The ugly side effects of drinking coffee, according to science – eat this, not this


Coffee it is not just one of the most popular drinks on the planet, its stimulants caffeine is likely the most researched psychoactive substance.

The effects of caffeine on the body have been at the heart of thousands of scientific studies, and most recent research shows that reasonable consumption is relatively harmless and can even benefit your body. A recent meta-analysis of 40 studies involving more than 3.85 million people published in 2019 in European Journal of Epidemiology, for example, found a link between drinking two to four cups coffee daily (considered moderate consumption) and reduced death rates from all causes and causes compared to daily coffee drinking.

Numerous studies have linked moderate daily coffee consumption to a reduced risk of type 2 diabetes, certain cancers, heart disease, depression, gallstones, Parkinson’s disease, and perhaps even dementia in later life. In addition, caffeine increases alertness, focus, and even athletic performance. Moderate consumption is generally defined as 3 to 5 8-ounce cups per day or an average of 400 milligrams of caffeine, depending on Nutrition Guidelines for Americans. A review of 112 meta-analyzes of observational studies published in Annual nutrition review concluded that “coffee can be part of a healthy diet.”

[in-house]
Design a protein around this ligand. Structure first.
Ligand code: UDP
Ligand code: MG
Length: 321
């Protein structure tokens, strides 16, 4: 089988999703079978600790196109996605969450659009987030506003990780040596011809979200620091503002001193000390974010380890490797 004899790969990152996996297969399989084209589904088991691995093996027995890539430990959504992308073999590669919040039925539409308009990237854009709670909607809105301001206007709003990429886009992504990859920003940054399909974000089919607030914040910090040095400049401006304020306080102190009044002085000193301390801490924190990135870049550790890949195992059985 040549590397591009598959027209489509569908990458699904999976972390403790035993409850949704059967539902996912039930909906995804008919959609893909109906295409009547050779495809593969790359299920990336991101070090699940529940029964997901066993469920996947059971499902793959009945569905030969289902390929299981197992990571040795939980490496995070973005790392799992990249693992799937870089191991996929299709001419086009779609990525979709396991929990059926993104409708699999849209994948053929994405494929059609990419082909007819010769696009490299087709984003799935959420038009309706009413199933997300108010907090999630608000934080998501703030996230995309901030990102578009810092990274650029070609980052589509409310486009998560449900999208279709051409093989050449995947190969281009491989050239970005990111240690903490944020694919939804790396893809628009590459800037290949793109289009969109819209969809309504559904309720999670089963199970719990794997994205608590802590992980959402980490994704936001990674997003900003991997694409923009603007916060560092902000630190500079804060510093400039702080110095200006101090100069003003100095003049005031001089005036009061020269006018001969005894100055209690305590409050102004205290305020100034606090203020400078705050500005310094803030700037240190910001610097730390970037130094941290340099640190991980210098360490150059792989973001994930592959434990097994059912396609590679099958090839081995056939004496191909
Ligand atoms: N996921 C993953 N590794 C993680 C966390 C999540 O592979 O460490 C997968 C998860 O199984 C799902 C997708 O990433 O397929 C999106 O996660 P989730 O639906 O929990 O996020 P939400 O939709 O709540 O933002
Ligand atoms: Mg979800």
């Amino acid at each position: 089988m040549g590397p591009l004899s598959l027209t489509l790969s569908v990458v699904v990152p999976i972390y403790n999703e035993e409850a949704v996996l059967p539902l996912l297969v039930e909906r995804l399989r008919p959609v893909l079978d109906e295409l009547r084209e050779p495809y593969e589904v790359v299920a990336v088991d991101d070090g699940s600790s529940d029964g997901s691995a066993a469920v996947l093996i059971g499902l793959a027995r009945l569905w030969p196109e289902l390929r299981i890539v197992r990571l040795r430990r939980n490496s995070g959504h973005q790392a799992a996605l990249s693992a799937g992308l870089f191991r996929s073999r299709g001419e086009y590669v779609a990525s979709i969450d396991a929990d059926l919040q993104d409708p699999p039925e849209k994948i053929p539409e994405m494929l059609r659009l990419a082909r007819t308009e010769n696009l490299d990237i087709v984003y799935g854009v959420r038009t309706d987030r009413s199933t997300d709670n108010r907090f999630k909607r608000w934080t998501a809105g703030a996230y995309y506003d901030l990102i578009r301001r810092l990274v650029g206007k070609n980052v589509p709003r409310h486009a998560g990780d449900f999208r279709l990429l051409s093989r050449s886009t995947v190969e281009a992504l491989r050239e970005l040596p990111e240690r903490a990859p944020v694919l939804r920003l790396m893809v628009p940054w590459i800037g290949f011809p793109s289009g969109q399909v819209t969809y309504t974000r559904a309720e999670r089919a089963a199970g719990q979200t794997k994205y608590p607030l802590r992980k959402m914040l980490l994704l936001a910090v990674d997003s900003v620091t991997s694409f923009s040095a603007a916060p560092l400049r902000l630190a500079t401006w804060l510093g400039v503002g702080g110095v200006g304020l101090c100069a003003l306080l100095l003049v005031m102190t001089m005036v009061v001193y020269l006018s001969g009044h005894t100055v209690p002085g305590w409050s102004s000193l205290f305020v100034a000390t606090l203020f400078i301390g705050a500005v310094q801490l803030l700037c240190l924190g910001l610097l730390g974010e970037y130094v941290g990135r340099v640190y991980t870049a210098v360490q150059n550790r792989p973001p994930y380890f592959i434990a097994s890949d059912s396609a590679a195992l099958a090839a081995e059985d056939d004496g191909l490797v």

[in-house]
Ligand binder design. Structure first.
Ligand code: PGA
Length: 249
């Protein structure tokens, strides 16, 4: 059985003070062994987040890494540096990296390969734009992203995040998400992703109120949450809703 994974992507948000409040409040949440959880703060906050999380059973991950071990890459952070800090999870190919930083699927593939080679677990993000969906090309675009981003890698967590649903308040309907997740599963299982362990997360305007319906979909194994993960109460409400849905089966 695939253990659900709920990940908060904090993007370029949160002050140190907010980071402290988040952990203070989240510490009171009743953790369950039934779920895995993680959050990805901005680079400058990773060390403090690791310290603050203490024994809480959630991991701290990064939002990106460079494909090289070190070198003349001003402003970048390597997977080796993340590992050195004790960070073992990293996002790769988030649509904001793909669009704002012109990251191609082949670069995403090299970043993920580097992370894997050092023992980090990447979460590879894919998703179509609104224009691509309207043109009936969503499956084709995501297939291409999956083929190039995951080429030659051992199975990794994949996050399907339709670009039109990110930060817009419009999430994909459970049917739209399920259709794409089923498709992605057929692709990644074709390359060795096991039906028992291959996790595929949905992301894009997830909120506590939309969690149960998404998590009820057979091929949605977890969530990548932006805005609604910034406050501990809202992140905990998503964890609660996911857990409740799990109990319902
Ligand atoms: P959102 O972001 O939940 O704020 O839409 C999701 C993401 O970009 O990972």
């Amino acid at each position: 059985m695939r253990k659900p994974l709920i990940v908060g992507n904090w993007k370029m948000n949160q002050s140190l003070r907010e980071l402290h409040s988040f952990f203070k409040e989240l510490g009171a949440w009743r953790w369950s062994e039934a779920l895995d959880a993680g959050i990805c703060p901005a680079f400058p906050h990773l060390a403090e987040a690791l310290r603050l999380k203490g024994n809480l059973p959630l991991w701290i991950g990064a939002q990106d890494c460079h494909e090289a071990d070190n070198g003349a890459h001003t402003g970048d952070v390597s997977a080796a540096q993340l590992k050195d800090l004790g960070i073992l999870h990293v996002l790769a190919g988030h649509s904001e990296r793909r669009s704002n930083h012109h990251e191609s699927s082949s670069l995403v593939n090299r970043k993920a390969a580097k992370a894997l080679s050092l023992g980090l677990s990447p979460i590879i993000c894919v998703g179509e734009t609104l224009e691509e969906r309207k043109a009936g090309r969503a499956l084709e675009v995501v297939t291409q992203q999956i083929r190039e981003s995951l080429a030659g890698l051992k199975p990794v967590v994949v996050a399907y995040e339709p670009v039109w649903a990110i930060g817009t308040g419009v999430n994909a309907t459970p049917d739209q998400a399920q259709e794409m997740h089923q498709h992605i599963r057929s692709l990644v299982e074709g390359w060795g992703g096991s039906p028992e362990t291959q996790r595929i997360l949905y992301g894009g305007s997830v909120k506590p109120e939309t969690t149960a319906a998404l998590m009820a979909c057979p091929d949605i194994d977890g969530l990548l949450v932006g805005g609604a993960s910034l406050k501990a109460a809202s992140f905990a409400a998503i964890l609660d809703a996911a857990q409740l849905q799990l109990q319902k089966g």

So what’s not to like about coffee? The answer seems to be very small for most people. But some people are more sensitive to caffeine in coffee than others, and drinking coffee can cause serious negative side effects that are worth considering. Here are some nasty side effects of regular coffee drinking that you should be aware of, and for even more helpful drinking tips, check out our list 108 most popular carbonated drinks, sorted according to how toxic they are.